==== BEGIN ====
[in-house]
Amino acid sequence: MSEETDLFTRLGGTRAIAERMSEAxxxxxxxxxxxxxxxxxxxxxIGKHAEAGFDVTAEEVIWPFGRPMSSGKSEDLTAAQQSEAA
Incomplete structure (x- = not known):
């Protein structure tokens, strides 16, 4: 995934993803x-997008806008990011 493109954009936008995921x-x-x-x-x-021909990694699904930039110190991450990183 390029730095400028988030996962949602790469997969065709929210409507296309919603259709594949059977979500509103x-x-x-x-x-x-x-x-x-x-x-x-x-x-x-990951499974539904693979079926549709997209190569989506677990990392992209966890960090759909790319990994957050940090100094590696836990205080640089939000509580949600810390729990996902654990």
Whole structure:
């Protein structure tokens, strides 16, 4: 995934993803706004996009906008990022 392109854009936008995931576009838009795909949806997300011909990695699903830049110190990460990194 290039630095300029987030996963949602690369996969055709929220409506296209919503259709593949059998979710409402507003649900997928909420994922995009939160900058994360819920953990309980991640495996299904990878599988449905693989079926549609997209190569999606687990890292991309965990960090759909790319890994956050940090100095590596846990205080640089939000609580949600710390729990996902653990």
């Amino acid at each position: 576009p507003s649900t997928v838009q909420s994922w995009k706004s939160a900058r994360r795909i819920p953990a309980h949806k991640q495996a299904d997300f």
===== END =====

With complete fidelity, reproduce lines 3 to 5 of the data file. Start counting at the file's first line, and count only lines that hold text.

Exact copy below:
Incomplete structure (x- = not known):
């Protein structure tokens, strides 16, 4: 995934993803x-997008806008990011 493109954009936008995921x-x-x-x-x-021909990694699904930039110190991450990183 390029730095400028988030996962949602790469997969065709929210409507296309919603259709594949059977979500509103x-x-x-x-x-x-x-x-x-x-x-x-x-x-x-990951499974539904693979079926549709997209190569989506677990990392992209966890960090759909790319990994957050940090100094590696836990205080640089939000509580949600810390729990996902654990």
Whole structure: